My first day in the PATH lab as a Siemens Foundation - PATH fellow, I thought I was in over my head. All around me were state-of-the-art diagnostic tools buzzing, intricate experiments being carried out, and expert scientists discussing complex projects with lab interns and fellows.
The Siemens Foundation - PATH Fellowship recruits STEM students across the country who have a passion for serving humanity. We join a task force of experts in the effort to fill the need for simple, effective, inexpensive diagnostic tools in low-resource countries. At PATH, fellows work with scientists in the Research and Development laboratory on the next generation of tools to control and eliminate deadly diseases that affect billions of people around the world.
I’m an aspiring research scientist from the San Francisco Bay Area. This year, I am a rising junior at Carleton College in Minnesota, where I study chemistry. As the first in my family to attend college, I never dreamed that I’d find myself working in a laboratory in Seattle with expert scientists. Or that I could conduct research with the potential to save lives.
When I arrived this June, PATH had announced its role in launching the malaria vaccine. But a vaccine is only part of the complex quest to eliminate malaria. The disease remains endemic in Sub-Saharan Africa and rural India. Each year, it claims the lives of more than half a million people worldwide. Turns out, malaria is also incredibly diverse; each strain has unique characteristics that respond to treatment and diagnostics tools differently.
My fellowship project has me working on the Plasmodium Vivax elimination strategy team, which supports the development of ultra-sensitive, low-cost, and rapid diagnostic tools to help make sure people with Plasmodium vivax (P. vivax) malaria get the right diagnosis and treatment. The goal of my research project is to generate sample material for rapid diagnostic tests using Plasmodium knowlesi (P. knowlesi). Plasmodium is the parasite genus that causes malaria.
P. vivax malaria is a unique and deadly strain of the disease. It can lie dormant in the body, doesn’t respond to traditional anti-malarial drugs and is difficult to detect on industry standard diagnostic tools. P. vivax is also incredibly challenging to grow in the lab, which makes it impossible to test, research and replicate. On the other hand, P. knowlesi is responsive to culturing practices in place at PATH. Due to their genetic similarities, we can use P. knowlesi as a substitute for P vivax in diagnostic testing.
PATH is one of the only research institutions in the world attempting to develop sample material for P. vivax rapid diagnostic tests in this way, so my work this summer is unprecedented. Each morning my mentor, Becky Barney, and I head to the tissue culture room to grow these parasites that have been delivered to the lab at minus 80 degrees Celsius. Our goal: create baseline samples for diagnostic testing. If we’re successful, we move one step closer to creating a diagnostic tool that can be brought into the field and save lives.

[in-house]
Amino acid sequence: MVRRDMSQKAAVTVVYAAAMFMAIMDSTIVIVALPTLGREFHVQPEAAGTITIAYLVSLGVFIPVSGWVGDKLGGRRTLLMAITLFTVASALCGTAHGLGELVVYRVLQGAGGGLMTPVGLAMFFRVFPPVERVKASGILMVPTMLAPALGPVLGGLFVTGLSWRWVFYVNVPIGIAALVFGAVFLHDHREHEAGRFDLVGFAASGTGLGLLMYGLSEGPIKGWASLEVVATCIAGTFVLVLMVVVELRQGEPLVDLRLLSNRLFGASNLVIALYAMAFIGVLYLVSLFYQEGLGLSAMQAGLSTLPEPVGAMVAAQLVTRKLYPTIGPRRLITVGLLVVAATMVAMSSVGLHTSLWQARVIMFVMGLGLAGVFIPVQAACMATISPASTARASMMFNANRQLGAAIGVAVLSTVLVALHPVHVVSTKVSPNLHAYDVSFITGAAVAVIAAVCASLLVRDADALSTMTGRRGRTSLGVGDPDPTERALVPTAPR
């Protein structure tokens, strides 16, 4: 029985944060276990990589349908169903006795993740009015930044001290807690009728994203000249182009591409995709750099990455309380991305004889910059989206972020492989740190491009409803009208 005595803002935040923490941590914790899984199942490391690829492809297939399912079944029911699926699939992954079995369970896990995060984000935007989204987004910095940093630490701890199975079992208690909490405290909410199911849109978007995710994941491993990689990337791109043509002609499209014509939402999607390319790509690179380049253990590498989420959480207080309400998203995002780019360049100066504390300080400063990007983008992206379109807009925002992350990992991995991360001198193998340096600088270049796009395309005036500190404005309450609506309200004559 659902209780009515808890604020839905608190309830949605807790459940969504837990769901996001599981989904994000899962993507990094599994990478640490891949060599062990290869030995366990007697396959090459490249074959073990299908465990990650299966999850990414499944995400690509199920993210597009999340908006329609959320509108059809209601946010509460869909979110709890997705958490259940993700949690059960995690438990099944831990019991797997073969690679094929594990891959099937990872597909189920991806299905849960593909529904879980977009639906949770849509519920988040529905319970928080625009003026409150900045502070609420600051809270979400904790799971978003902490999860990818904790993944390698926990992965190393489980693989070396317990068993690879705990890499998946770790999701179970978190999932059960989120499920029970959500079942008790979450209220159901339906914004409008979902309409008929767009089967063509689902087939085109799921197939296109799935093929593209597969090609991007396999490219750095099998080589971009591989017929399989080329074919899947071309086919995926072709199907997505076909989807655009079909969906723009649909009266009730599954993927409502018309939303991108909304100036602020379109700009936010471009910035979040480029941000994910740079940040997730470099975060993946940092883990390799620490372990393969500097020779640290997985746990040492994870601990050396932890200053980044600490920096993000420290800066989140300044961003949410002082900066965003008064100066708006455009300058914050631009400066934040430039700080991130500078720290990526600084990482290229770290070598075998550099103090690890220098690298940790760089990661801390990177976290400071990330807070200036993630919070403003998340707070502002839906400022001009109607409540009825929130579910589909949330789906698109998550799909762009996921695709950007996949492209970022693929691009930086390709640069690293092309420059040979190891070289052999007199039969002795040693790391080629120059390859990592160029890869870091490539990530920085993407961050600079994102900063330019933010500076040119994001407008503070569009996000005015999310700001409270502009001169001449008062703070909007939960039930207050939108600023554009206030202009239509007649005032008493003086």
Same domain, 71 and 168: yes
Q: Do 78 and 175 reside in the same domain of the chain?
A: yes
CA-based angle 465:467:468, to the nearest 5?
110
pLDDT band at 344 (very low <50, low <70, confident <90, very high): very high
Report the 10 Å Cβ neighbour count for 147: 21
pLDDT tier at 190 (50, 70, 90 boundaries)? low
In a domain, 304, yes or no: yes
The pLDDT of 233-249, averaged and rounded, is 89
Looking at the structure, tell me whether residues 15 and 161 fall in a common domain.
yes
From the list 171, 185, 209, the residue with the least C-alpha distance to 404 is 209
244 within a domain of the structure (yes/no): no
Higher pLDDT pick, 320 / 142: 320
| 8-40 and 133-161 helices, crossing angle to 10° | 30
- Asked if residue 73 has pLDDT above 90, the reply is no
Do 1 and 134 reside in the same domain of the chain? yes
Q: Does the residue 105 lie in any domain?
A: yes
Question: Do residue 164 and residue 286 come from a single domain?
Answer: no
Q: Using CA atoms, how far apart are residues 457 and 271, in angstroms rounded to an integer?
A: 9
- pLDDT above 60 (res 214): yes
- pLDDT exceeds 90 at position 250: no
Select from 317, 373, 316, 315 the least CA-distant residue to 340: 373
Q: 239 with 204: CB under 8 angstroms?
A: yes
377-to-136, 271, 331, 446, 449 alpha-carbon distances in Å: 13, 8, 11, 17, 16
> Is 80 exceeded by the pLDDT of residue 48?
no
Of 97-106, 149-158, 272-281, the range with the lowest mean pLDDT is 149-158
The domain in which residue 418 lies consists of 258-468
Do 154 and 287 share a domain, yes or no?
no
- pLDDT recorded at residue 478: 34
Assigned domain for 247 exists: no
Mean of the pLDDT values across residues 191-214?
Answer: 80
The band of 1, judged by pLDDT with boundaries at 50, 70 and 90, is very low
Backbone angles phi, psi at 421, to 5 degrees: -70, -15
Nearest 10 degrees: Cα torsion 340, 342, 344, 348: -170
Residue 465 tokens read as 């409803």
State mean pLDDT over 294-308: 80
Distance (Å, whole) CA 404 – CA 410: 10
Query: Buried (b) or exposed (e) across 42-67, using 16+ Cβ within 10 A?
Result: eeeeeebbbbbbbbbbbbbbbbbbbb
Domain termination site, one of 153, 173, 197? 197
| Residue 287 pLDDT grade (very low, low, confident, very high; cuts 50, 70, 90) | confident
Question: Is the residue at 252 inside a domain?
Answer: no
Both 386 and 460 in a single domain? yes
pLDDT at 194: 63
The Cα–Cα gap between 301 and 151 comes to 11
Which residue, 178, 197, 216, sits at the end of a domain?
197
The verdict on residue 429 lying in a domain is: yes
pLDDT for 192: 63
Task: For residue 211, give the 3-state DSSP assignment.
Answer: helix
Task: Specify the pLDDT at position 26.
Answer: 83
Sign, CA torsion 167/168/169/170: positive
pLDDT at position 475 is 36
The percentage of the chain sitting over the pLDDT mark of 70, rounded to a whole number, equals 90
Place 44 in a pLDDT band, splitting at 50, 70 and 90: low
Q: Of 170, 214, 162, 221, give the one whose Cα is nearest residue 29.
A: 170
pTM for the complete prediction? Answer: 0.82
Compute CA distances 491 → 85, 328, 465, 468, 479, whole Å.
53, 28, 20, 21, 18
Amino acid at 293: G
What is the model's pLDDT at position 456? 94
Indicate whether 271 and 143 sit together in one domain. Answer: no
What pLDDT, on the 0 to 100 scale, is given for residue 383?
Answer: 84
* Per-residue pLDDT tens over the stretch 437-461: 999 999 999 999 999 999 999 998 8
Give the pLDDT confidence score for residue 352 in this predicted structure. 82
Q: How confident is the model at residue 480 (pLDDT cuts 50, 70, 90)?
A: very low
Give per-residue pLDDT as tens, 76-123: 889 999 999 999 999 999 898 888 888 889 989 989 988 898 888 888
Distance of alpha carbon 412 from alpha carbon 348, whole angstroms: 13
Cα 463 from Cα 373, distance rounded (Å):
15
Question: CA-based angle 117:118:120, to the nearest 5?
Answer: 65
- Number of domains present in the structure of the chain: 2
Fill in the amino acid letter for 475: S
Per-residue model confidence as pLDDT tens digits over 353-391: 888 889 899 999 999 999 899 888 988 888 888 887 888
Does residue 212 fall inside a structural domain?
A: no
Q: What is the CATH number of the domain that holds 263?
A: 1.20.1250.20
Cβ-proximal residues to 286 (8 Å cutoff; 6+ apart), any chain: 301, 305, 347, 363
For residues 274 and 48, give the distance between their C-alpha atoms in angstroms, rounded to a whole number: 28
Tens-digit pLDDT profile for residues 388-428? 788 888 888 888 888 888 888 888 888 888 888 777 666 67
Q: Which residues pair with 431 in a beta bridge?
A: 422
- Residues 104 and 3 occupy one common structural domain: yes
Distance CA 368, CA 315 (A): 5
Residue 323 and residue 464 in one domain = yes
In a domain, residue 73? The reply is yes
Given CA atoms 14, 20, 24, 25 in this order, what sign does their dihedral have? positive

This summer, Becky and I have been able to generate enough sample material to run thousands of rapid diagnostic tests. In the last few weeks of my fellowship, we will begin the process of diagnostic testing with several prototype and commercially available P. vivax diagnostic tests.
Becky has taught me how to successfully culture Plasmodium parasites in lab, how to monitor parasite growth under the microscope, and so much about her experience as a scientist. Throughout our long hours in lab, Becky shares anecdotes from her own professional development, journey through higher education, and experiences in different fields of research science. Through her feedback and guidance, I am a more confident, precise, and professional scientist.
As my fellowship winds down, I look back on the countless articles I’ve read, the dozens of successful (and not so successful) experiments I’ve run in the lab, and the relationships I’ve built. Over the course of three and half months at PATH, I have become an expert in advanced lab techniques and experimental design, and have gained a deeper understanding of the demands of a career in science. I’ve met other fellows and peers who share my passion for this work. In a few years, we will be the leaders in healthcare innovation and equity.
Our ability to reach global health goals is only limited by our willingness to take risks. And after my experience as a Siemens Foundation - PATH fellow, I’m optimistic for the future and prepared to make a difference in the world.
Note: The Siemens Foundation has provided funding for this program since 2016. As of this summer, PATH has graduated 24 fellows. Applications for summer 2020 open early fall. Check PATH’s career site for more information.